The causes of ascites can be differentiated according to whether a transudate, with a low protein content, or an exudate is present. The most common cause of a transudate is portal hypertension, and therefore a transudate is seen in children with cirrhosis and heart failure ( Fig. 8.16 ; Video 8.16). A transudate can also be seen in severe malnutrition (kwashiorkor) and nephrotic syndrome. An exudate is seen primarily in peritoneal metastatic disease and infection ( Fig. 8.17 , Fig. 8.18 , Fig. 8.19 , Fig. 8.20 ; Videos 8.19 and 8.20). There is, however, a large differential diagnosis for the presence of ascites, which is different for neonates ( Table 8.3 ) and children ( Table 8.4 ; Fig. 8.21 and Fig. 8.22 ).

























































































Table 8.3 Causes of neonatal ascites

Hepatobiliary disorders


Genitourinary disorders


Cirrhosis


Obstructive uropathy


Alpha1-antitrypsin deficiency


Posterior urethral valves


Congenital hepatic fibrosis


Ureterocele


Viral hepatitis


Lower ureteral stenosis


Budd–Chiari syndrome


Ureteral atresia


Biliary atresia


Imperforate hymen


Bile duct perforation


Bladder rupture


Portal venous malformation


Bladder injury from umbilical artery catheterization


Ruptured mesenchymal hamartoma


Nephrotic syndrome


Gastrointestinal disorders


Ruptured corpus luteum cyst


Intestinal malrotation


Cardiac disorders


Intestinal perforation


Arrhythmia


Acute appendicitis


Heart failure


Intestinal atresia


Hematologic disorder


Pancreatitis


Neonatal hemochromatosis


Chylous ascites



Parenteral nutrition



Extravasation



Metabolic disease


Other



Congenital cutis marmorata telangiectatica



Intravenous vitamin E



Pseudoascites



Small-bowel duplication



Abdominal trauma



Idiopathic


Source: Reprinted with permission from Giefer MJ, Murray KF, Colletti RB. Pathophysiology, diagnosis, and management of pediatric ascites. JPGN 2011;52(5):503–513.





























































































Table 8.4 Causes of ascites in infants and children

Hepatobiliary disorders


Neoplasm


Cirrhosis


Lymphoma


Congenital hepatic fibrosis


Wilms tumor


Acute hepatitis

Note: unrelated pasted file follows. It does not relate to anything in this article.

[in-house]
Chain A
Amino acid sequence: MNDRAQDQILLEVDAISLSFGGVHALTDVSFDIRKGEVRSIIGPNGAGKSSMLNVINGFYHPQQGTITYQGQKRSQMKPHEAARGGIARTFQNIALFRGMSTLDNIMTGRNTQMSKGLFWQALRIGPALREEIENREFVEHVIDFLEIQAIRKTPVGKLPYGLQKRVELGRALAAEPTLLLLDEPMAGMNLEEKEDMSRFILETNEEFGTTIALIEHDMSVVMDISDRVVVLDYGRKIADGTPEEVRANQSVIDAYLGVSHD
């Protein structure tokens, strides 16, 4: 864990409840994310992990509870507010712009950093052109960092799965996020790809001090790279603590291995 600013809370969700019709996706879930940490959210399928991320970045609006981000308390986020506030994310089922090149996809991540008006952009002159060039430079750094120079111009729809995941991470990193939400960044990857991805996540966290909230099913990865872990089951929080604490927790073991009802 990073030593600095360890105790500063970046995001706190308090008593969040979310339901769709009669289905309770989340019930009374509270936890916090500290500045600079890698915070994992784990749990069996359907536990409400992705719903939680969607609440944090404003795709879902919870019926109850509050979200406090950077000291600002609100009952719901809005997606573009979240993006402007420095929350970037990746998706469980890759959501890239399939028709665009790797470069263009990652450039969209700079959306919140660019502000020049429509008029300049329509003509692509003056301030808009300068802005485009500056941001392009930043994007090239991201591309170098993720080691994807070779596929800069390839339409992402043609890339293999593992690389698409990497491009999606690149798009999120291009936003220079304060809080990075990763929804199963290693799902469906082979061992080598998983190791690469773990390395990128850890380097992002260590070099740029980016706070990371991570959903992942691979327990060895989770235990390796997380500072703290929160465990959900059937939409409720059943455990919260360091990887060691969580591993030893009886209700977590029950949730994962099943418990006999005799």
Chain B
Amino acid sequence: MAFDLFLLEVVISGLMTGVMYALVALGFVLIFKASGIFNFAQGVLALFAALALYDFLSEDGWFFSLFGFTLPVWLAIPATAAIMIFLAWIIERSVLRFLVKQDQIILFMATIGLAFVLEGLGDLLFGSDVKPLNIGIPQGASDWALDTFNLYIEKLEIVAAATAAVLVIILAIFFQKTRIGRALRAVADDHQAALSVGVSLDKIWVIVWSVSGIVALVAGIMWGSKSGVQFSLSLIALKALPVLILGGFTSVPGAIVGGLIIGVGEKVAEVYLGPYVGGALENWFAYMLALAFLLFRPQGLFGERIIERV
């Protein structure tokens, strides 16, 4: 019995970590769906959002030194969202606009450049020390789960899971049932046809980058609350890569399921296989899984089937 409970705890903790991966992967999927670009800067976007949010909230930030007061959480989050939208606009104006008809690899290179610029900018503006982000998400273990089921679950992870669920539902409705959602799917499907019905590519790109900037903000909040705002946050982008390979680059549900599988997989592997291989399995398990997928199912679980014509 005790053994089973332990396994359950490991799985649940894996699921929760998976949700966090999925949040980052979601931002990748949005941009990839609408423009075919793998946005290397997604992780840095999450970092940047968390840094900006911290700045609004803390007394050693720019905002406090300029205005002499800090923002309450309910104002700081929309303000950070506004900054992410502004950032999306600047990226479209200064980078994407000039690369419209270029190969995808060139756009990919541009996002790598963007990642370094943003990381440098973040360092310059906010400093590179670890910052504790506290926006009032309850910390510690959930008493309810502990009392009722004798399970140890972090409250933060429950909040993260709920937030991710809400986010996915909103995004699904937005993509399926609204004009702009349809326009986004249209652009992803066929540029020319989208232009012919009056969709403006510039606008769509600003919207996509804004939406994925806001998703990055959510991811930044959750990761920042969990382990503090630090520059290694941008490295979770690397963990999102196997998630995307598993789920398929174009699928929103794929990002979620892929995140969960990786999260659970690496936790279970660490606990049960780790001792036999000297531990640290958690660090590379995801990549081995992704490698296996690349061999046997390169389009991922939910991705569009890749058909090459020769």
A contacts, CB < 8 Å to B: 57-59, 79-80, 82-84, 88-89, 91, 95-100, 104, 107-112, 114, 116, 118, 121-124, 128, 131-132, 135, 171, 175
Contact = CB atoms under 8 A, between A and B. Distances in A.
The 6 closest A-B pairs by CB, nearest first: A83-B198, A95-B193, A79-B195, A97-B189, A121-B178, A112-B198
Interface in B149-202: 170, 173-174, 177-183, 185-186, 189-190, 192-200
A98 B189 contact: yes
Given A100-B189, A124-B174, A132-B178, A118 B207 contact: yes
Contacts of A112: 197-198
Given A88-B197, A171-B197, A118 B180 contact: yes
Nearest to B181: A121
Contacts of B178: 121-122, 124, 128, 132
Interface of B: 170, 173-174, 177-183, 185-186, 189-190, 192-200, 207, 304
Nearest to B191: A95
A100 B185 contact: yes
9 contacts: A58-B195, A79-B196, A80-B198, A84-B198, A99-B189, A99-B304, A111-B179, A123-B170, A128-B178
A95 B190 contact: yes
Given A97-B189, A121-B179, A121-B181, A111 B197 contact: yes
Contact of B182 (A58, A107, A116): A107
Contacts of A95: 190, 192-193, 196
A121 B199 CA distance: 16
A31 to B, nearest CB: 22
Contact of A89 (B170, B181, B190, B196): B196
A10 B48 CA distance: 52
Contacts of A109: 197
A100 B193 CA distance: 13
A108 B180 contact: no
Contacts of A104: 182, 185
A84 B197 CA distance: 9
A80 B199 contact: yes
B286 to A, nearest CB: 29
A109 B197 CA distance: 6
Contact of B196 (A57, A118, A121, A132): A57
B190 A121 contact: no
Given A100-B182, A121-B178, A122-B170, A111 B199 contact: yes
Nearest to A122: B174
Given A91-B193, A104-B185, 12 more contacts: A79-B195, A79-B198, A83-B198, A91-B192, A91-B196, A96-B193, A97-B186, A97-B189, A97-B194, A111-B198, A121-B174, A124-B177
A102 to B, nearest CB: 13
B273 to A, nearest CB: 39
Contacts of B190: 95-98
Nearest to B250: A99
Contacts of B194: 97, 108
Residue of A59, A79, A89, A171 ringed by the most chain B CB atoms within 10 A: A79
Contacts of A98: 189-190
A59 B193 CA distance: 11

Clear cell renal sarcoma


Budd–Chiari syndrome


Glioma


Bile duct perforation


Germ cell tumor


Liver transplantation


Ovarian tumor



Mesothelioma



Neuroblastoma


Gastrointestinal disorders


Metabolic disease


Acute appendicitis


Genitourinary disorders


Intestinal atresia


Nephrotic syndrome


Pancreatitis


Peritoneal dialysis


Pyloric stenosis


Cardiac disorder


Serositis


Heart failure


Crohn disease


Pseudoascites


Eosinophilic enteropathy


Celiac disease


Henoch-Schönlein purpura


Cystic mesothelioma


Chylous ascites


Omental cyst


Intestinal lymphangiectasia


Ovarian cyst


Lymphatic duct obstruction


Other


Lymphatic duct trauma


Systemic lupus erythematosus


Parenteral nutrition extravasation


Ventriculoperitoneal shunt



Vitamin A toxicity



Chronic granulomatous disease



Nonaccidental trauma



Idiopathic


Source: Reprinted with permission from Giefer MJ, Murray KF, Colletti RB. Pathophysiology, diagnosis, and management of pediatric ascites. JPGN 2011;52(5):503–513.


Fig. 8.16 a, b Seventeen-day-old male neonate with hepatic failure, as part of multiple-organ failure, and hemorrhages. a Abdominal ultrasound (US) was requested, which showed a homogeneously enlarged liver with ascites (arrow). Laboratory investigation showed a herpes simplex infection. b The portal vein is dilated and hyperechogenic (arrow). During US, the flow in the portal vein was extremely slow (see Video 8.16).
Fig. 8.17 One-year-old girl with an ovarian germ cell tumor. On ultrasound, a significant amount of ascites is seen.
Fig. 8.18 a, b Twelve-year-old boy being treated for a relapse of alveolar rhabdomyosarcoma. The child presented with discomfort and abdominal distention. a On ultrasound, ascites is seen. b Power Doppler shows respiratory-dependent flow of ascites (see Video 8.19).
Fig. 8.19 a, b Sixteen-year-old boy with an exacerbation of known Crohn disease. a Ultrasound shows a thickened and inflamed terminal ileum. b A significant amount of ascites is seen in this patient.
Fig. 8.20 Fifteen-month-old boy admitted to the pediatric intensive care unit with severe gastroenteritis. Abdominal ultrasound shows a significant amount of ascites, which contains small particles. Given the child’s poor condition, an abdominal tap was performed to rule out peritonitis. The ascites was clear on visual inspection, and culture yielded no pathogenic growth (see Video 8.20).
Fig. 8.21 a–f Eight-month-old girl with increased abdominal girth. a Ultrasound shows a diffusely enlarged pancreas with a focal lesion (arrow). b Ascites in the pelvis. c Cystic lesion with septa of unknown origin in the mesentery. d On T2-weighted magnetic resonance imaging, there is a discrete pancreatic lesion of high signal intensity (arrow). e The mesenteric cystic lesion has high signal intensity on T1-weighted imaging (arrow). On T2-weighted imaging, the signal intensity was also high. f Endoscopic retrograde cholangiopancreatography shows contrast extravasation due a laceration in the pancreatic duct. Based on these findings, the diagnosis of child abuse needs to be excluded. The outcome of this investigation is unknown.
Fig. 8.22 a, b One-month-old girl with infantile acute lymphocytic leukemia. a There is hepatomegaly with ascites (arrow). b Ascites. Note the clear depiction of the walls of the small bowel.

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Jun 9, 2020 | Posted by in ULTRASONOGRAPHY | Comments Off on 8 Peritoneal Cavity and Retroperitoneal Space